In a report of the camp meeting that followed the ministers' meeting, she told of "light" flashing "from the oracles of God in relation to the law and the gospel, in relation to the fact that Christ is our righteousness." That this was not primarily sanctifying righteousness was made clear when she spoke of one of the "young ministering brethren" who testified that "he had enjoyed more of the blessing and love of God during that meeting than in all his life before. . . .  He saw that it was his privilege to be justified by faith; he had peace with God, and with tears confessed what relief and blessing had come to his soul."

Ellen White sensed a large, collective sigh of relief spontaneously coming forth from Seventh-day Adventist souls as they received the "tidings that Christ is our righteousness" (RH, July 23, 1889).

This same theme runs through the sermons and reports of numerous other camp meetings, the 1889 General Conference Session, and the important Bible School for ministers held in Battle Creek during the first half of 1890 (ALW, Ellen G. White: The Lonely Years: 453).

Seventh-day Adventism was alive with interest in the subject of "justification by faith." Ellen White was uniting her efforts with Jones and Waggoner in strenuous tours to promote the good news of the sin-pardoning Saviour. While these tours began to slacken in 1890, the basic theme of justification continued to find forceful expression in her writings (published and unpublished) until her departure for Australia in late 1891.

"The Matchless Charms of Christ"—Ellen White declared that the ideas which Waggoner presented at Minneapolis were "the first clear teaching on this subject from any human lips I had heard, excepting the conversations between myself and my husband."


There is good evidence for the truthfulness of her claim, especially among Seventh-day Adventist leaders. But what is not clear from her testimonies about 1888 were her time references—what she meant when she declared that what she had been "presenting" to the people "for the last 45 years" (italics supplied) was "the matchless charms of Christ"—a clear reference to Waggoner's presentations on justification at Minneapolis (1888 Materials 348, 349).

It is obvious that she had understood justification by faith from her early days and that during the 15 or so years previous to Minneapolis she did present some excellent material on justification. But I was hard pressed to find such an accent on objective justification in the time frame of "the last 45 years" to which she referred. This is especially evident when compared to what she began presenting in the late 1870s, the 1883 General Conference session presentations, and the flood of material that came after 1888.

She felt she had uplifted Christ, and certainly the statement which declared that "for years" "the matter has been kept so constantly urged upon me" (ibid. 810) has more special reference to the 1883-1890 period. In the light of this statement, what is to be made of the claim that she had emphasized justification since the beginning of her ministry?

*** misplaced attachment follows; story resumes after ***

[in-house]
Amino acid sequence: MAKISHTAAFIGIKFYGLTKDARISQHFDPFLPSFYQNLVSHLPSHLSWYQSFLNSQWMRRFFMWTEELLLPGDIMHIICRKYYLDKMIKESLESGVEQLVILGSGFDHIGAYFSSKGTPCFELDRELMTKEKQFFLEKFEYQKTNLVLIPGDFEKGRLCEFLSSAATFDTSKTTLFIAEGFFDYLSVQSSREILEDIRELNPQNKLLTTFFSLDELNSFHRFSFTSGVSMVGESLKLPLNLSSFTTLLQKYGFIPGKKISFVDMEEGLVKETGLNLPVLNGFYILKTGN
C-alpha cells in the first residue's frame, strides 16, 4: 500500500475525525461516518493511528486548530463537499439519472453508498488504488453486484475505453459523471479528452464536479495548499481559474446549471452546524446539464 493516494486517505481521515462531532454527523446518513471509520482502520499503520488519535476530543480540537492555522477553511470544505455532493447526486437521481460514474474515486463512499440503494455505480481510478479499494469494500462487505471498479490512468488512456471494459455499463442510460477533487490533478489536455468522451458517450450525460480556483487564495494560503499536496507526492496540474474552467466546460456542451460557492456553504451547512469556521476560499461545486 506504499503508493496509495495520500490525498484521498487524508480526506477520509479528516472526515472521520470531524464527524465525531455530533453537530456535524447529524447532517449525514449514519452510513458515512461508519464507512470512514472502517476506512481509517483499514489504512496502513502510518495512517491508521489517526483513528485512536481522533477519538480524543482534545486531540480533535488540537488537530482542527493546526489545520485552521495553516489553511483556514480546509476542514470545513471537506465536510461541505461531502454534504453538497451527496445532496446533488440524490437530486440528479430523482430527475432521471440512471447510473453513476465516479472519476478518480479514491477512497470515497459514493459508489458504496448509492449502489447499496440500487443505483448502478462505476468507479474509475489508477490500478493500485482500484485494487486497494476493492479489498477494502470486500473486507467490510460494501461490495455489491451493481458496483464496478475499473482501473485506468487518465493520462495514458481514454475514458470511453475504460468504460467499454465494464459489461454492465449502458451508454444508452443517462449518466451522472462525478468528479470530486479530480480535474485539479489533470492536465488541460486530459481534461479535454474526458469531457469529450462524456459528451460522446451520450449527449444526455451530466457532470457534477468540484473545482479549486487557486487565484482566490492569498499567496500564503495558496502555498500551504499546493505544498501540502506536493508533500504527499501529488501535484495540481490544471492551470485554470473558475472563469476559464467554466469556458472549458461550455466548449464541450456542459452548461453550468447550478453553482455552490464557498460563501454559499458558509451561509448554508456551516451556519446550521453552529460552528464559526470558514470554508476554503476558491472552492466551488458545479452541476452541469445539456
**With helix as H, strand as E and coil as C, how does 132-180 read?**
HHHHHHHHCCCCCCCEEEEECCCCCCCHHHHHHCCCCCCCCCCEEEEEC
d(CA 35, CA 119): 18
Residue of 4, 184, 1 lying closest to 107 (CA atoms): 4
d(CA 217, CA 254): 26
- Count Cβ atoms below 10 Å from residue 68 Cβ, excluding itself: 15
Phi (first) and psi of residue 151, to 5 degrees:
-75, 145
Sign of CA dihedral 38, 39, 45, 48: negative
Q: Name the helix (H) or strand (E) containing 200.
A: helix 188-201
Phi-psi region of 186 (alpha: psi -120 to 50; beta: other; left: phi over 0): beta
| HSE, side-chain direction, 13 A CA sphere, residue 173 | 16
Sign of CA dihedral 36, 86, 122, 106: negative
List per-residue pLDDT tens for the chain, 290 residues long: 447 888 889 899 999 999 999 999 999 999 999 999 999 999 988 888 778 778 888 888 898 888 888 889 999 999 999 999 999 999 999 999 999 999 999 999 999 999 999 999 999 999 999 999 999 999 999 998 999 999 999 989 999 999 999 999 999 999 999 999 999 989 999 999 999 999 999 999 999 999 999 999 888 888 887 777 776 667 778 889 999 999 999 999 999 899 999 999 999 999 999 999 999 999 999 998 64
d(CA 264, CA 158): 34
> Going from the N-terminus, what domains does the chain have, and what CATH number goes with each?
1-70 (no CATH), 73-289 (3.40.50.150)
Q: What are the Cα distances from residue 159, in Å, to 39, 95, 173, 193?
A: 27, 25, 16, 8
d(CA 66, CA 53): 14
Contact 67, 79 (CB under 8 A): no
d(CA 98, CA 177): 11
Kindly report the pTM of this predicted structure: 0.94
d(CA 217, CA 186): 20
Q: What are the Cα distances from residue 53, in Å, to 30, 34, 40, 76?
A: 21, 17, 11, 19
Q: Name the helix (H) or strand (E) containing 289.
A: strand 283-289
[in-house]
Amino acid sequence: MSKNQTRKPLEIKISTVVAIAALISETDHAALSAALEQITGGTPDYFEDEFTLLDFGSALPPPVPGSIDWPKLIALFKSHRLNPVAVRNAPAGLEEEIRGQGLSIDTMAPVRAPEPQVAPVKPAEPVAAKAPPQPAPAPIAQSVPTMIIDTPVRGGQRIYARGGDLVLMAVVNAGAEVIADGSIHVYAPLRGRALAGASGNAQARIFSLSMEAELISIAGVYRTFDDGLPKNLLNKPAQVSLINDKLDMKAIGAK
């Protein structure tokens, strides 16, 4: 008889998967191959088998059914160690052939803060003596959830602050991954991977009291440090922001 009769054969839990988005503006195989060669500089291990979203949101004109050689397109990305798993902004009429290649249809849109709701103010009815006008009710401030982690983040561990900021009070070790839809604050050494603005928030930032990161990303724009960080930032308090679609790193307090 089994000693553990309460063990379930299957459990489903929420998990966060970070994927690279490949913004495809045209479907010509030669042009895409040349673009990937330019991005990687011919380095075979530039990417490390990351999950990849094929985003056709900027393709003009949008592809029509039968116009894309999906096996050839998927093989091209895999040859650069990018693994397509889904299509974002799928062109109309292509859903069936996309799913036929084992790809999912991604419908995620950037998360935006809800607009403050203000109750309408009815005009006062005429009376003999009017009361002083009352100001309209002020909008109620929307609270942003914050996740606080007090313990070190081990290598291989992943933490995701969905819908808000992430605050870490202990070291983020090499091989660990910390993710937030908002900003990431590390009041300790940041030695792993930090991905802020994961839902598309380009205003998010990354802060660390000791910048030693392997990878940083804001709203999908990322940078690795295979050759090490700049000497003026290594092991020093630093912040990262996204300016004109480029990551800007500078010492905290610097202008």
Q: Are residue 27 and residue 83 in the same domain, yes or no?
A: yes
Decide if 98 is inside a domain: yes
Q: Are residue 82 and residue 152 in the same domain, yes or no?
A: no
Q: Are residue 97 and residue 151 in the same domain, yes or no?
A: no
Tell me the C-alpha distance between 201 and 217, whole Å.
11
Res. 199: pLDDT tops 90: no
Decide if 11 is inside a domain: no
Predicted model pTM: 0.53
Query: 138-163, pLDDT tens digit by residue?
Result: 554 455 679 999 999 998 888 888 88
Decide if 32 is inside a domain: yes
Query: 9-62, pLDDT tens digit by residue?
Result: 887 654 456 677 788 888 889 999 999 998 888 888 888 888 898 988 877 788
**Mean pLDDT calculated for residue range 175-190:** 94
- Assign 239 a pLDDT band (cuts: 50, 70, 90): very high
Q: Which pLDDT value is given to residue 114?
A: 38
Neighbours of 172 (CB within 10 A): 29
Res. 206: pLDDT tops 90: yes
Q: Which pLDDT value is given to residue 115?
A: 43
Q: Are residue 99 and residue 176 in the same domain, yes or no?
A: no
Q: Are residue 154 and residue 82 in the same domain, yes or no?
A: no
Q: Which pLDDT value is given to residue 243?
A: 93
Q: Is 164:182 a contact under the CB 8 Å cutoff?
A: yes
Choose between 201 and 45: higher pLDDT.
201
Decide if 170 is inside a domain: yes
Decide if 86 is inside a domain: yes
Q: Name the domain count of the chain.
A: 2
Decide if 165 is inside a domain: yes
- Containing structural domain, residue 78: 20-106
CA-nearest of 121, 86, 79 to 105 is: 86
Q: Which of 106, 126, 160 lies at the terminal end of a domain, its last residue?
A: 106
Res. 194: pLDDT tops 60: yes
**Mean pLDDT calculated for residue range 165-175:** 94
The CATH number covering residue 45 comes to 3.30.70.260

Some might suggest that she was simply given to exaggeration in her claim. But a better explanation seems to go more along the following lines. 

First, we need to recognize that an explicitly doctrinal reference to justification by faith (using technical terms such as justification and imputation) is almost impossible to find before 1868. But what she seemed to have had in mind in claiming to present "the matchless charms of Christ" "for the last 45 years" was her overall Christ-centered ministry.

Undoubtedly she was referring to the sum total of her doctrinal and spiritual impact, not just the technical precision of her theological expression on justification.

Even in her early ministry she often spoke of pardon and forgiveness, expressions of justification that were less theological than such terms as imputation and justification. Haloviak is helpful at this point: "It should be observed that Ellen White did not present the points alluded to (objective justification) in a conscious theological manner. . . .  Her conclusions


seemed to spring from an objective view of Christ that she maintained from the earliest days of her ministry" (Haloviak, "From Righteousness to Holy Flesh: Judgment at Minneapolis," 5:6, 7).

This concept of an "objective view of Christ" advocating for us as our high priestly mediator was explicit in Adventist theology from the very beginning. But among Seventh-day Adventists it appears that only Ellen White was exploiting its possibilities to the fullest for the expression of objective justification.

What is most striking about these testimonies to her past, professedly unique understanding of justification (among Seventh-day Adventists) is that they were all in the immediate aftermath of 1888. Nothing like them is found in any other period of her ministry. Minneapolis was certainly an inspiration to a great call for Christ-centered ministry in the setting of justification by faith.